• Arovuori, K.; Kola, J. (Helsingin yliopisto, taloustieteen laitos, 2006)
  • Donadini, Fabio (Helsingin yliopisto, 2007)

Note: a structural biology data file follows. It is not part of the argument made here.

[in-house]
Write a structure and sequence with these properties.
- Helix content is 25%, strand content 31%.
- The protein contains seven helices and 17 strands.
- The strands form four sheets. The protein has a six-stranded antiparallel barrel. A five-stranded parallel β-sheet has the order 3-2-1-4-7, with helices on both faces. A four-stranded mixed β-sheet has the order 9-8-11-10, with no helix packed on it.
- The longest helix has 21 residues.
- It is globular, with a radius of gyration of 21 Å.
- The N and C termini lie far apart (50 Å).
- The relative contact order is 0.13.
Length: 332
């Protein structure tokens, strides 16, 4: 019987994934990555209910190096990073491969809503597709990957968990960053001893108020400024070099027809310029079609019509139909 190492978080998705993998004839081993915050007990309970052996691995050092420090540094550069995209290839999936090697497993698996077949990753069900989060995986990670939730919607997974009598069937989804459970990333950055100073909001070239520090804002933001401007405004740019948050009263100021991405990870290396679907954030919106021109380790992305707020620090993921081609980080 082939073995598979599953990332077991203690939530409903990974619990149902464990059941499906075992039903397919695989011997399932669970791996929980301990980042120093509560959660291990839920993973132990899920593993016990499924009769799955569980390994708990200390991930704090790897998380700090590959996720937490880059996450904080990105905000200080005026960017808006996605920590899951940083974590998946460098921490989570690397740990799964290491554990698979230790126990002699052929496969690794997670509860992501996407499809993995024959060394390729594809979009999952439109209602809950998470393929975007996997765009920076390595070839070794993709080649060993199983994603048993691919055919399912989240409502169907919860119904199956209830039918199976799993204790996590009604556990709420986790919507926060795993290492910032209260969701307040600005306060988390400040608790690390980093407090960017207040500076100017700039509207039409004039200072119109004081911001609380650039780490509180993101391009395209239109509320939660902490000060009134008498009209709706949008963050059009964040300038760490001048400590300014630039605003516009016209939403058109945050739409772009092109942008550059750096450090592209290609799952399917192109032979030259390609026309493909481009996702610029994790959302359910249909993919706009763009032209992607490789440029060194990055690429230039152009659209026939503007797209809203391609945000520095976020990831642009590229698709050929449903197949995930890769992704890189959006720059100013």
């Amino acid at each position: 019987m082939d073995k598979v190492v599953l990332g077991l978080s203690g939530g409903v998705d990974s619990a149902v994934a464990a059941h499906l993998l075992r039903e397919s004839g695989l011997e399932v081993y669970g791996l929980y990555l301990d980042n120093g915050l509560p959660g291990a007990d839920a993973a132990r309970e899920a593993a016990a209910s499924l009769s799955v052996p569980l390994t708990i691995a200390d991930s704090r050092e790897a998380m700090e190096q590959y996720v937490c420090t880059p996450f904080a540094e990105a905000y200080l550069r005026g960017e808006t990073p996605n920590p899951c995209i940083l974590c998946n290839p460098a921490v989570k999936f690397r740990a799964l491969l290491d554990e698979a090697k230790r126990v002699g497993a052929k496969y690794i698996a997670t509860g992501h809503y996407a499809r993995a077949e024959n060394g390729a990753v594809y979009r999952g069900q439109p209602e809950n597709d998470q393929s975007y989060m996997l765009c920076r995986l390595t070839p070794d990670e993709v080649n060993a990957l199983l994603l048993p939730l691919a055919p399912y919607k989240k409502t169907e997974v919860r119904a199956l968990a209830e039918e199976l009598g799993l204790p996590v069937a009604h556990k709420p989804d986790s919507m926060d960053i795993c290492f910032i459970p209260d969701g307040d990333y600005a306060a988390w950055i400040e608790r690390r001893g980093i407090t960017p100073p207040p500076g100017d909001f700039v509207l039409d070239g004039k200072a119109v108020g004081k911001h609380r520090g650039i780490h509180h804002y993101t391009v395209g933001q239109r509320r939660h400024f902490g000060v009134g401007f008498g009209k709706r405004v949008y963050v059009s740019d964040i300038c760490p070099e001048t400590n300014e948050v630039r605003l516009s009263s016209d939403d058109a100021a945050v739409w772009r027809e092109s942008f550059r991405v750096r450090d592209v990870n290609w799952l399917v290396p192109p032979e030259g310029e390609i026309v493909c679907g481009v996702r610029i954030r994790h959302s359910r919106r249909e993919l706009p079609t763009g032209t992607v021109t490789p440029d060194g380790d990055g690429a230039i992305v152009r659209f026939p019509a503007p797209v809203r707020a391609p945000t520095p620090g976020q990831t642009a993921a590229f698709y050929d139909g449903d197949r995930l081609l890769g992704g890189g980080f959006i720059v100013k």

The geomagnetic field is one of the most fundamental geophysical properties of the Earth and has significantly contributed to our understanding of the internal structure of the Earth and its evolution. Paleomagnetic and paleointensity data have been crucial in shaping concepts like continental drift, magnetic reversals, as well as estimating the time when the Earth's core and associated geodynamo processes begun. The work of this dissertation is based on reliable Proterozoic and Holocene geomagnetic field intensity data obtained from rocks and archeological artifacts. New archeomagnetic field intensity results are presented for Finland, Estonia, Bulgaria, Italy and Switzerland. The data were obtained using sophisticated laboratory setups as well as various reliability checks and corrections. Inter-laboratory comparisons between three laboratories (Helsinki, Sofia and Liverpool) were performed in order to check the reliability of different paleointensity methods. The new intensity results fill up considerable gaps in the master curves for each region investigated. In order to interpret the paleointensity data of the Holocene period, a novel and user-friendly database (GEOMAGIA50) was constructed. This provided a new tool to independently test the reliability of various techniques and materials used in paleointensity determinations. The results show that archeological artifacts, if well fired, are the most suitable materials. Also lavas yield reliable paleointensity results, although they appear more scattered. This study also shows that reliable estimates are obtained using the Thellier methodology (and its modifications) with reliability checks. Global paleointensity curves during Paleozoic and Proterozoic have several time gaps with few or no intensity data. To define the global intensity behavior of the Earth's magnetic field during these times new rock types (meteorite impact rocks) were investigated. Two case histories are presented. The Ilyinets (Ukraine) impact melt rocks yielded a reliable paleointensity value at 440 Ma (Silurian), whereas the results from Jänisjärvi impact melts (Russian Karelia, ca. 700 Ma) might be biased towards high intensity values because of non-ideal magnetic mineralogy. The features of the geomagnetic field at 1.1 Ga are not well defined due to problems related to reversal asymmetries observed in Keweenawan data of the Lake Superior region. In this work new paleomagnetic, paleosecular variation and paleointensity results are reported from coeval diabases from Central Arizona and help understanding the asymmetry. The results confirm the earlier preliminary observations that the asymmetry is larger in Arizona than in Lake Superior area. Two of the mechanisms proposed to explain the asymmetry remain plausible: the plate motion and the non-dipole influence.